Los Angeles, CA

After Removing 35.7 Tons of Solid Waste From the Homeless, Echo Park Lake Has Never Been Cleaner

Elle Silver

Regardless of whether you think it was right or wrong to kick the homeless out of the encampment they built around Echo Park Lake, the city has cleaned up the recreation area to a standard of cleanliness I've never seen before.

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Paddles boats on Echo Park Lake at sunset.Credit: author

I visited Echo Park Lake the other evening. The grass was clear of any debris. Previous to the pandemic, there was often trash in the park. I saw no litter anywhere, no plastic bottles floating in the water, nor soda cans or food wrappers on the lawn.

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Lotus flowers on Echo Park Lake.Credit: author

I could enjoy the beauty of the lotus flowers growing around the lake in a way that I don't feel like I was ever able to do before. I also watched as families picnicked on the grass again.

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Families picnicking on the grass.Credit: author

This was a welcome sight after months of sheltering in place inside my home. Yes, I understand I should feel grateful that I didn't lose my job or any loved ones to Covid during the pandemic. I also had a home where I could live during the duration of the coronavirus outbreak.

Still, I don't think the two hundred unhoused people who set up camp in Echo Park Lake for many months during the pandemic should have been able to live there indefinitely. I believe the city has done a great job of cleaning up Echo Park Lake so we can all enjoy it again.

In fact, I've never seen it more pristine.

The homeless encampment at Echo Park Lake during the pandemic.

Tents began to pop up around the perimeter of Echo Park Lake early in the pandemic. The City of Los Angeles had halted its program of clearing the sidewalks of homeless encampments. With people losing their jobs overnight, many more people lost their homes as well.

It's no doubt some of these newly homeless people ended up in tents around Echo Park Lake. Before long, this once favorite destination for families to picnic and use the paddle boats became home to two hundred unhoused people.

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Tents around Echo Park Lake.Barry Lander/ The Eastsider

The squatters dried their laundry on lines strung between the trees. They cooked outside and built fires at night to keep warm. Authorities worried about the health of these individuals, living without running water or adequate sanitation facilities.

This was a community in despair. The encampment soon became the site of drug overdoses, assaults, and shootings.

Residents living around the lake complained of noise and crime. No, these unhoused people had nowhere else to go. They created a community around the lake that helped ameliorate the misery of their existence.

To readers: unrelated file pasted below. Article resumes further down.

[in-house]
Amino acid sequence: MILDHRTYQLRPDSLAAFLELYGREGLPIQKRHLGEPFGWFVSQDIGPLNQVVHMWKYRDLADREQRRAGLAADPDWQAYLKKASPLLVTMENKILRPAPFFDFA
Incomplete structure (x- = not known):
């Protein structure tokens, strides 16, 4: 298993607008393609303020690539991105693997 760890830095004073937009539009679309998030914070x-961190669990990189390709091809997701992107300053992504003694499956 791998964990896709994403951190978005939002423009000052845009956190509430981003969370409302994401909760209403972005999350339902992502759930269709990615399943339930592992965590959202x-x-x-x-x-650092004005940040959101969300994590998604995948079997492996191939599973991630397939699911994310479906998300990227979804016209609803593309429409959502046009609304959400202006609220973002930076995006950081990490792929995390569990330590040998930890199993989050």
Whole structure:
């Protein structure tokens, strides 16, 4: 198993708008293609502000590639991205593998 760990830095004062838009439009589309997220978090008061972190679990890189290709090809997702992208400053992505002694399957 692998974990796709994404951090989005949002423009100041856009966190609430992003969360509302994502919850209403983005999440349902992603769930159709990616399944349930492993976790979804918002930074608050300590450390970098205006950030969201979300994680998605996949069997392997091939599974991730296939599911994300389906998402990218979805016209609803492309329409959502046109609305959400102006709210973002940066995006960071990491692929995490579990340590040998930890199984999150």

But the creation of their newfound home came at the expense of nearby residents. It also came at the expense of those of us who used to enjoy the park for recreation.

During the pandemic, the paddle boats were closed. People were no longer picnicking in groups. But as the city slowly lifted some of its restrictions come March 2021, officials finally ordered the homeless encampment to be cleared.

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Unhoused woman Valerie Zeller packing up her belongings after she is told to leave the park.Francine Orr/Los Angeles Times via Polaris

Echo Park Lake's unhoused community members were given twenty-four hours to clean up their tents and leave. This led to protests and tension between the unhoused, their advocates, and the police. The city won the battle, and 200 homeless people were removed from the encampment around the lake.

A $600,000 repair and restoration project began to renovate and repair the Echo Park Lake recreation area. Part of this restoration included removing 35.7 tons of solid waste from the location.

What is the result of our taxpayer dollars hard at work? As I said, I've never seen the park cleaner.

Echo Park Lake has been transformed into an urban gem.

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Paddles boats on Echo Park Lake, Downtown L.A. in the distance.Credit: author

It's unfortunate that the park's cleanup came at the expense of displacing vulnerable people. No, not everyone is pleased with the way the city went about kicking out the homeless from the park. Was it necessary for hundreds of cops in riot gear to show up to clear out the unhoused, and did they really need to arrest protesters and even reporters?

No.

Though the homeless were provided alternative shelter, many were sent to hotels in neighborhoods miles away from Echo Park, and therefore far from anyone they knew. They felt isolated from the community they had built in the park during the pandemic.

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Fencing around the park at Echo Park Lake.Credit: zaptapper

On my walk through the park the other evening, there were still reminders of the encampment and its ultimate expulsion. Fencing had been erected overnight as police prepared to force the homeless out of the park. This fencing still remains.

On the placard welcoming people to the lake, a poster asking "Who?" was still attached to the sign.

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Credit: zaptapper

No, Echo Park Lake no longer welcomes the homeless but it does welcome you and me. And in my opinion, it's never been cleaner.

Barry Lank photo source: The Eastsider.

Francine Orr photo source: ABCNews.

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I'm a relationships expert with a focus on post-divorce dating and family. Everything I've learned about love, I've learned the hard way. You can learn from my mistakes.

Los Angeles, CA
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